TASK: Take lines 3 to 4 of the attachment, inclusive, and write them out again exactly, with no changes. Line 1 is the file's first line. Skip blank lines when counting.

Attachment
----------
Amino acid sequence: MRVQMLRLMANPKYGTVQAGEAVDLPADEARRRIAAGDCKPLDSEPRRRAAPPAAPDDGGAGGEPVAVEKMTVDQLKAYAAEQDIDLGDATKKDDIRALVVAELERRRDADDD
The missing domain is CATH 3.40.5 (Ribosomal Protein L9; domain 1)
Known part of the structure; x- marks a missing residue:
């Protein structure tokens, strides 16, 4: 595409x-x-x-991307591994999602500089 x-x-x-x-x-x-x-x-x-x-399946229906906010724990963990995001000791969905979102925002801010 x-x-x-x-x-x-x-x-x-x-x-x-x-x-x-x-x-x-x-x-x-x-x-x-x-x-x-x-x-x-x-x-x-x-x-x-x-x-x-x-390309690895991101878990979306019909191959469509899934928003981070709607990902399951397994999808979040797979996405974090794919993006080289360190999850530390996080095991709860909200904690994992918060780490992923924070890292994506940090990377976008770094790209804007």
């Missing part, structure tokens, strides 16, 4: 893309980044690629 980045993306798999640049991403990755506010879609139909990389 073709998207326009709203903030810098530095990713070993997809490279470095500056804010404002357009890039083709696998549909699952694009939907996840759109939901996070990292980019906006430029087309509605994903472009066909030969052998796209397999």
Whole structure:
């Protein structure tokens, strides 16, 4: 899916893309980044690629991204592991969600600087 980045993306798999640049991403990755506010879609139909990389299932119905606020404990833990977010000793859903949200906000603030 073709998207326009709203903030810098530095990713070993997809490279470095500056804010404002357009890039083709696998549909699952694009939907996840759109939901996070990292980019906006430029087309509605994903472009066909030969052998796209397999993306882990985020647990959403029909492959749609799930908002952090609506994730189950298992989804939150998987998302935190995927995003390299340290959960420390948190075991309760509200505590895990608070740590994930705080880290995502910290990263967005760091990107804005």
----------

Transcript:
Known part of the structure; x- marks a missing residue:
């Protein structure tokens, strides 16, 4: 595409x-x-x-991307591994999602500089 x-x-x-x-x-x-x-x-x-x-399946229906906010724990963990995001000791969905979102925002801010 x-x-x-x-x-x-x-x-x-x-x-x-x-x-x-x-x-x-x-x-x-x-x-x-x-x-x-x-x-x-x-x-x-x-x-x-x-x-x-x-390309690895991101878990979306019909191959469509899934928003981070709607990902399951397994999808979040797979996405974090794919993006080289360190999850530390996080095991709860909200904690994992918060780490992923924070890292994506940090990377976008770094790209804007």